Like everything else in 2020, for most people this Thanksgiving will look quite different. There will likely be fewer folks around the dinner table, friends may be connecting on FaceTime, and grandma might be joining by Zoom, sadly without her famous sweet potatoes.
Although there might be fewer human visitors, one thing that’s certain is that many American homes have newly adopted dogs and cats to be thankful for, and pets are grateful to be spending the holiday in foster homes. Many people are counting their blessings with a pet in their home for the first time. For this reason, Best Friends Animal Society hopes to help make this a happy, healthy holiday for all family members by offering a few special precautions to protect our pets.
Those soulful eyes may tempt pet owners to give in to their begging critters, but sharing the fabulous feast can lead to trouble for pets.
Too much rich, fatty food, or simply new, unfamiliar foods can upset a pet’s stomach–and even cause pancreatitis, which can be life-threatening—so owners should go easy on the tidbits.
Poultry or ham bones can break up or splinter in a pet’s stomach and be deadly, so dogs and cats should never be allowed to gnaw on them, and bones should go outside to the trash immediately.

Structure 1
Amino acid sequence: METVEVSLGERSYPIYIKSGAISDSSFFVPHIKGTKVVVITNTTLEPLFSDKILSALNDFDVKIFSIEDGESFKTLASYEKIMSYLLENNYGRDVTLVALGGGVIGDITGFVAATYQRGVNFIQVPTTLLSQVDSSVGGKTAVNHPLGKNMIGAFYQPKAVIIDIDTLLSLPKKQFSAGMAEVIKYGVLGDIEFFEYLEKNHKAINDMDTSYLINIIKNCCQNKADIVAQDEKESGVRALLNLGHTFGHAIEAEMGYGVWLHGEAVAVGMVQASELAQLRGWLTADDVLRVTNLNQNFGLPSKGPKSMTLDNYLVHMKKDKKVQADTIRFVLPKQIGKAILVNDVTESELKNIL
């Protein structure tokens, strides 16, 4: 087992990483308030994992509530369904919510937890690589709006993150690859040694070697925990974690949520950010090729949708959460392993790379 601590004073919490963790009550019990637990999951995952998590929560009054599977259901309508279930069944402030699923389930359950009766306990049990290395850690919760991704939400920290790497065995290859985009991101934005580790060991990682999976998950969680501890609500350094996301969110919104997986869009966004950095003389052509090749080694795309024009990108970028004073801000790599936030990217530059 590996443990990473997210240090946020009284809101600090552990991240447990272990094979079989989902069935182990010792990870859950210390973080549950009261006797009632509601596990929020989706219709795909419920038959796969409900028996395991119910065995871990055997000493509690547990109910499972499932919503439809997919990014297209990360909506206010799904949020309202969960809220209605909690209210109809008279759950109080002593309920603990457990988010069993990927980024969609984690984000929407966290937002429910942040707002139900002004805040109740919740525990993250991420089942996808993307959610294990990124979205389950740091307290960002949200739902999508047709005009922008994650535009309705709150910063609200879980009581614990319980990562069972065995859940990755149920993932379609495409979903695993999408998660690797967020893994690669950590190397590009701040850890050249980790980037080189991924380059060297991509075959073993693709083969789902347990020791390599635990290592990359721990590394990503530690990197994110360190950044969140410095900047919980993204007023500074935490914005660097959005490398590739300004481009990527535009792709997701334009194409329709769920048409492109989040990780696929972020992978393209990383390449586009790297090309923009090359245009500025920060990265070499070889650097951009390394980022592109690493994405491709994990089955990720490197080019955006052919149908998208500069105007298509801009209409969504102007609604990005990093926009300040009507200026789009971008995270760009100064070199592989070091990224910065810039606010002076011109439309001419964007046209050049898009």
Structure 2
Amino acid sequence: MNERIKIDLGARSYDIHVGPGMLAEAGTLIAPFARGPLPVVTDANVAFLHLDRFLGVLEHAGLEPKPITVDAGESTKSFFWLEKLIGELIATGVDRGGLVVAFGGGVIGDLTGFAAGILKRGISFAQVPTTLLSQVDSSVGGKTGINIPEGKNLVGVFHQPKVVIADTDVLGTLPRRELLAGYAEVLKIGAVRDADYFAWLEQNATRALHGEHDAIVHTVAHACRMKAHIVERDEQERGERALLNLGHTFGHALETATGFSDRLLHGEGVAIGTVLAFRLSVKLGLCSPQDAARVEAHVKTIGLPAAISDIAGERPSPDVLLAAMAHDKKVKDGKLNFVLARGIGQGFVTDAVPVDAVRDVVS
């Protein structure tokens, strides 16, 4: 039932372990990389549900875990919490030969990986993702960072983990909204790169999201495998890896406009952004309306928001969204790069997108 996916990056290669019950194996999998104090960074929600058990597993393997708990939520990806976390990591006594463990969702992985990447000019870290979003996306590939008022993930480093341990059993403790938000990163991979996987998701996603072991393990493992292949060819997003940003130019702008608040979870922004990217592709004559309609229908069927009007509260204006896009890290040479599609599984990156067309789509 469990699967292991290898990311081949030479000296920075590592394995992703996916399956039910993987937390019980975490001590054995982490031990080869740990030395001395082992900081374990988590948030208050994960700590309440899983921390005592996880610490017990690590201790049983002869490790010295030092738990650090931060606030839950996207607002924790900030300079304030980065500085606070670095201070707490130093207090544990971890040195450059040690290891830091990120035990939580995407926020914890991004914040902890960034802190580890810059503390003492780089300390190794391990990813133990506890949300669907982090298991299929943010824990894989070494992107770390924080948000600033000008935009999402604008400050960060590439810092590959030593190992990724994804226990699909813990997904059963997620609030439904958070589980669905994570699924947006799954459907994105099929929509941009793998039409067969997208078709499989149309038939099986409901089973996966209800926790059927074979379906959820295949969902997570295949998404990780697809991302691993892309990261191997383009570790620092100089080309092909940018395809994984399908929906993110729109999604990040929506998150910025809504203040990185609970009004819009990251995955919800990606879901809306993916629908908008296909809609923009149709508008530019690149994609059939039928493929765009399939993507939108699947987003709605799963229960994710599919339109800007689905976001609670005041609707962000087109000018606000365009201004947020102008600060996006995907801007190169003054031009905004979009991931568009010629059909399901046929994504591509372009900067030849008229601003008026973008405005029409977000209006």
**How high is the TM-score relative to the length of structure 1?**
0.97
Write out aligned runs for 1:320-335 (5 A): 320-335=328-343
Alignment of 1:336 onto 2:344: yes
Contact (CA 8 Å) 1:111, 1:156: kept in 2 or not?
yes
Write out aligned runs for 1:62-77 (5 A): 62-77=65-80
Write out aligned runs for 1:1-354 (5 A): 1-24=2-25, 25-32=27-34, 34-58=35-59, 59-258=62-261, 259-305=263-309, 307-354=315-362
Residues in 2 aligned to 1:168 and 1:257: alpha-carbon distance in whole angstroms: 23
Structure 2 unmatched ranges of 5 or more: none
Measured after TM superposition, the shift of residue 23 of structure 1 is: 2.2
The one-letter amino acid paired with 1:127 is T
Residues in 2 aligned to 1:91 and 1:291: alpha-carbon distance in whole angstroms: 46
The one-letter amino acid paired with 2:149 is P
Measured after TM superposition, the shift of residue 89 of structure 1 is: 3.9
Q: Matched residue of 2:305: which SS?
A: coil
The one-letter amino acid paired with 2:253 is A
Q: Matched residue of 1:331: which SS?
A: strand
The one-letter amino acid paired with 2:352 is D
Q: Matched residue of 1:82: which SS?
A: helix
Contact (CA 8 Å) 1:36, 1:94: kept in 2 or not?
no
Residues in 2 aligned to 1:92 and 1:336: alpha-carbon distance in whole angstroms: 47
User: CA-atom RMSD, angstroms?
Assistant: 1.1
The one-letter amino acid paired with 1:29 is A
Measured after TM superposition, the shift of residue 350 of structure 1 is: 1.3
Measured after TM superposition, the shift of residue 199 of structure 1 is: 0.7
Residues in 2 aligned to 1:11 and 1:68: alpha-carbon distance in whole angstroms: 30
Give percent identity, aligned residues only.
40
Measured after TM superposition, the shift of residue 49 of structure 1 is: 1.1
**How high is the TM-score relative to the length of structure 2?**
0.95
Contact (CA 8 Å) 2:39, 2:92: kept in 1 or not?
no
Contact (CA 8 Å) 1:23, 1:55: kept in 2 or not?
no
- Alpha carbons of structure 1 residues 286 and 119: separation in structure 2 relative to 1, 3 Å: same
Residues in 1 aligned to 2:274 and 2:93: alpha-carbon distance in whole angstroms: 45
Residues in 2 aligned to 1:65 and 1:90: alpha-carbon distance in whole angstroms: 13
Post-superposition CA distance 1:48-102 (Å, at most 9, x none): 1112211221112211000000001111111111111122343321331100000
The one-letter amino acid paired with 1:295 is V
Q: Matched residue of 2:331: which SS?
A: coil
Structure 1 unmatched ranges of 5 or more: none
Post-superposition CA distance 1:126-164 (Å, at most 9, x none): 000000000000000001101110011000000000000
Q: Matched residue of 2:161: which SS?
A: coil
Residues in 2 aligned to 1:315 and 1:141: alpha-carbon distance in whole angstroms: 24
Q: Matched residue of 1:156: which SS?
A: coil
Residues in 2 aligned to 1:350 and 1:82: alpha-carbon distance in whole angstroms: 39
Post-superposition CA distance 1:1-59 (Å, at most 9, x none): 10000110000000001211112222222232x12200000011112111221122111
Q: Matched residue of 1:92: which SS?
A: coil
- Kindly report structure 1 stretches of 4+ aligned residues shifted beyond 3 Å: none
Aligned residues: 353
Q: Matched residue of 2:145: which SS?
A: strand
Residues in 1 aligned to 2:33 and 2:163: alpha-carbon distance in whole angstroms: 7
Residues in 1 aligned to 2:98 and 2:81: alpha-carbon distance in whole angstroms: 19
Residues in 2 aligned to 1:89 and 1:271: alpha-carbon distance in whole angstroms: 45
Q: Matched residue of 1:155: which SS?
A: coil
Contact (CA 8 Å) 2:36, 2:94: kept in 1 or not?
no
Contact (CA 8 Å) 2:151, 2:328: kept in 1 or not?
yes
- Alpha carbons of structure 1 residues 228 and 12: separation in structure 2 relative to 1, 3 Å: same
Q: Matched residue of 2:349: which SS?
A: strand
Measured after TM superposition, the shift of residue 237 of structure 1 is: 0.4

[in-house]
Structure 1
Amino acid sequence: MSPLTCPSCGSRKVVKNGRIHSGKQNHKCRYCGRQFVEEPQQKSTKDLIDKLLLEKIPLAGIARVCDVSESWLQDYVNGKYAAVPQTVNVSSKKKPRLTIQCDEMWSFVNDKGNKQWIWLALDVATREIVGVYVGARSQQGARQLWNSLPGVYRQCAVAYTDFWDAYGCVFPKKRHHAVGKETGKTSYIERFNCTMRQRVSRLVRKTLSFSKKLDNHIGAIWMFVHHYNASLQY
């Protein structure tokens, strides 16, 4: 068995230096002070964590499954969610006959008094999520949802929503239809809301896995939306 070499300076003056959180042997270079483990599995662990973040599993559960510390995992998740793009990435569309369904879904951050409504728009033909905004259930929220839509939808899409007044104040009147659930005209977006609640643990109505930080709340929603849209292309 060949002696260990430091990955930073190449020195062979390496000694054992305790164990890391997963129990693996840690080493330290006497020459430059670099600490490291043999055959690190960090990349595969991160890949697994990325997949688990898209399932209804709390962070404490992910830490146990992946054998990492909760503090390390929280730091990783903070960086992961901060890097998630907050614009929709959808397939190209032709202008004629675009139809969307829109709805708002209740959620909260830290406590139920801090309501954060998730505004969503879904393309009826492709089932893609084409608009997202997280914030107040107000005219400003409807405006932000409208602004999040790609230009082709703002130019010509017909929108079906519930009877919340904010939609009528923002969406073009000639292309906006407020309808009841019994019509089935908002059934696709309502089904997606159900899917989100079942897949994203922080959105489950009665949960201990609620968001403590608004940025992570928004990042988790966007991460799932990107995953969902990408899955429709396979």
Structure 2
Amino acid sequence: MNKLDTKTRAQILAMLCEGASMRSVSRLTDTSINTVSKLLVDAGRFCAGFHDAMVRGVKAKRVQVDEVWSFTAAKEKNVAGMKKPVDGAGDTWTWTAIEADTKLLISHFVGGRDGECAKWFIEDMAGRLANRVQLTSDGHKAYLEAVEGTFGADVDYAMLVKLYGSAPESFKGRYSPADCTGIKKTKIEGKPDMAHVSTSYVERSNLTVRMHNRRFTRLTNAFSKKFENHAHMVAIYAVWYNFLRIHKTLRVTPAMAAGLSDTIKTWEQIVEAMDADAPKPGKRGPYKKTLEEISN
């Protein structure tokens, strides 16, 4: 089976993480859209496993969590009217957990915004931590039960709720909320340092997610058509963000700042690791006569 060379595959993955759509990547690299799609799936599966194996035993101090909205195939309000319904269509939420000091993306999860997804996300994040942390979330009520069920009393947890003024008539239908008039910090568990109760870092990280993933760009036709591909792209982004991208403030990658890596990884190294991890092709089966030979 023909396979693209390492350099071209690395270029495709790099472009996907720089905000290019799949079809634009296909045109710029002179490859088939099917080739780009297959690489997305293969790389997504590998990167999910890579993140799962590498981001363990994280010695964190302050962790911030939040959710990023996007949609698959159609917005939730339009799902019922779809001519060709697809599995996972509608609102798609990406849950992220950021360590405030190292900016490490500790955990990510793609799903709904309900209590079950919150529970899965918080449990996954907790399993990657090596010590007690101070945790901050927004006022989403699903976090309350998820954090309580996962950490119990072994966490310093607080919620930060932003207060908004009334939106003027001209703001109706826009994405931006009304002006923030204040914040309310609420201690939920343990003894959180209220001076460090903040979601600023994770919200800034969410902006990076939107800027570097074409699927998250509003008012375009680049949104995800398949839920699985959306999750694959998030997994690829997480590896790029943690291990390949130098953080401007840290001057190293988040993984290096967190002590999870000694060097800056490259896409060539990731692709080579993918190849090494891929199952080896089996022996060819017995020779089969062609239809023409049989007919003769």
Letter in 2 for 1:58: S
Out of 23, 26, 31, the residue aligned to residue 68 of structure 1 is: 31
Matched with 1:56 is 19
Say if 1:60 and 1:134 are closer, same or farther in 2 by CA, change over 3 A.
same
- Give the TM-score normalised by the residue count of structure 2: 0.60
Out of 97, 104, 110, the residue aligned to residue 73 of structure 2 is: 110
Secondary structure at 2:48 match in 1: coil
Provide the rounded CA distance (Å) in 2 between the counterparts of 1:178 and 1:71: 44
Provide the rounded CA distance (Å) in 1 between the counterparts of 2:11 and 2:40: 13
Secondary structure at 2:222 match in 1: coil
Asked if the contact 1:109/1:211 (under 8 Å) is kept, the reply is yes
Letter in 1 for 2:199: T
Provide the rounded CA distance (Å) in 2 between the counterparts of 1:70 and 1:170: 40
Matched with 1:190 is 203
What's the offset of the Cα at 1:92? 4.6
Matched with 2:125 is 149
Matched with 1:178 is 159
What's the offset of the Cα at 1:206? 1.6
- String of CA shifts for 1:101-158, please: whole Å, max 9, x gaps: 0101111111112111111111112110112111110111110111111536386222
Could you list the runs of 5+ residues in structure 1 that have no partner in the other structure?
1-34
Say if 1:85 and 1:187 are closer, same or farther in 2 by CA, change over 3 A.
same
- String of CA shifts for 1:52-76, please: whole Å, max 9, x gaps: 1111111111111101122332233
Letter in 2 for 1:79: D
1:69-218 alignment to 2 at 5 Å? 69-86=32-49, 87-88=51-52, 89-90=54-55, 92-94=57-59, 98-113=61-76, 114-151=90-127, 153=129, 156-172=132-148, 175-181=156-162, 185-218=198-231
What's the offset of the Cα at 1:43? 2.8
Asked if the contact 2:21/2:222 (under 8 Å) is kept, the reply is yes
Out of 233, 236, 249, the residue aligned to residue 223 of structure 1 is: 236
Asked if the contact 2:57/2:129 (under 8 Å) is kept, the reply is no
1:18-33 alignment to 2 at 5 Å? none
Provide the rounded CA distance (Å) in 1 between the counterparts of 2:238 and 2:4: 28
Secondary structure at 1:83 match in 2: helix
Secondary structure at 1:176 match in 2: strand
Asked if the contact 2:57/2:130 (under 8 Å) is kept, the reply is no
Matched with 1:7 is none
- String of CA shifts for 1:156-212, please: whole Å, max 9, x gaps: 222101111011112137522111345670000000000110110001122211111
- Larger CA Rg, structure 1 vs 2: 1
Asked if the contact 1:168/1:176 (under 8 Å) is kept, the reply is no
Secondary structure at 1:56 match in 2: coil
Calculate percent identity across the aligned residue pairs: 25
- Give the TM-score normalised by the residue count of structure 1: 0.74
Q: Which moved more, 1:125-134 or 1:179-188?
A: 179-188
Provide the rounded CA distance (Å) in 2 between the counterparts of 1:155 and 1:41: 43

Other food-flavored items like plastic wrap, string, mesh or the pop-up timer can smell tempting to curious pets, but can injure their stomachs if stolen and ingested.
Chocolate, especially that used for baking, is toxic for dogs, so it should be kept out of reach. Other common food items that can be poisonous to dogs include onions, raisins and grapes, so avoid sharing these.
It’s a good idea to review these rules with any guests as well, since well-meaning holiday visitors might not know the potential harm caused by slipping treats to the pets under the table. If pet owners want to make the holiday special for their four-footed family members, they should plan ahead and have safe, delicious dog and cat treats on hand, like canned pet food or a tasty pet treats or fun toy. There are also many great recipes online for homemade dog and cat treats that are fun to make and extra special for our pets.
A final note to consider is that many common decorative plants and flowers can be toxic for curious cats and dogs, so before buying plants or creating the centerpiece, it’s wise to check to ensure that you’re not using anything that could poison your pets. According to the American Veterinary Medical Association, some plant hazards include amaryllis, baby’s breath, sweet William, some ferns, hydrangeas and others.
Thanksgiving is often one of the busiest evenings for emergency vet clinics, so it’s an important time to be extra careful with our animal friends—especially this year, when many animal hospitals are operating under COVID restrictions. That way the holiday can be happy and healthy for everyone, and maybe your veterinarian can have the night off too.